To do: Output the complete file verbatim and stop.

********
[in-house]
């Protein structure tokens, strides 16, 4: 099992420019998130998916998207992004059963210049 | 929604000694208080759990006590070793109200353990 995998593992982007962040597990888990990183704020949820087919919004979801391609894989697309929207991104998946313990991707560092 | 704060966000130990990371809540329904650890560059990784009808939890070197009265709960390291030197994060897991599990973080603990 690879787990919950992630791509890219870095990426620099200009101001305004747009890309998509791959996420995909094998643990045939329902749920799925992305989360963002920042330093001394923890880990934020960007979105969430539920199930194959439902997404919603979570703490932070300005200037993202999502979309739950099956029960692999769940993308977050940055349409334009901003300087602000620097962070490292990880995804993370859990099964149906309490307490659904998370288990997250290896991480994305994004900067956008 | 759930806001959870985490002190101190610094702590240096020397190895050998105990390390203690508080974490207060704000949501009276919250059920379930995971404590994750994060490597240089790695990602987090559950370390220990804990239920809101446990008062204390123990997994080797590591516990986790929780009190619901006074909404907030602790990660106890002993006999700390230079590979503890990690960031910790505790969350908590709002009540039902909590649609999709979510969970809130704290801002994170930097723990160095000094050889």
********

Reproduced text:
[in-house]
């Protein structure tokens, strides 16, 4: 099992420019998130998916998207992004059963210049 | 929604000694208080759990006590070793109200353990 995998593992982007962040597990888990990183704020949820087919919004979801391609894989697309929207991104998946313990991707560092 | 704060966000130990990371809540329904650890560059990784009808939890070197009265709960390291030197994060897991599990973080603990 690879787990919950992630791509890219870095990426620099200009101001305004747009890309998509791959996420995909094998643990045939329902749920799925992305989360963002920042330093001394923890880990934020960007979105969430539920199930194959439902997404919603979570703490932070300005200037993202999502979309739950099956029960692999769940993308977050940055349409334009901003300087602000620097962070490292990880995804993370859990099964149906309490307490659904998370288990997250290896991480994305994004900067956008 | 759930806001959870985490002190101190610094702590240096020397190895050998105990390390203690508080974490207060704000949501009276919250059920379930995971404590994750994060490597240089790695990602987090559950370390220990804990239920809101446990008062204390123990997994080797590591516990986790929780009190619901006074909404907030602790990660106890002993006999700390230079590979503890990690960031910790505790969350908590709002009540039902909590649609999709979510969970809130704290801002994170930097723990160095000094050889």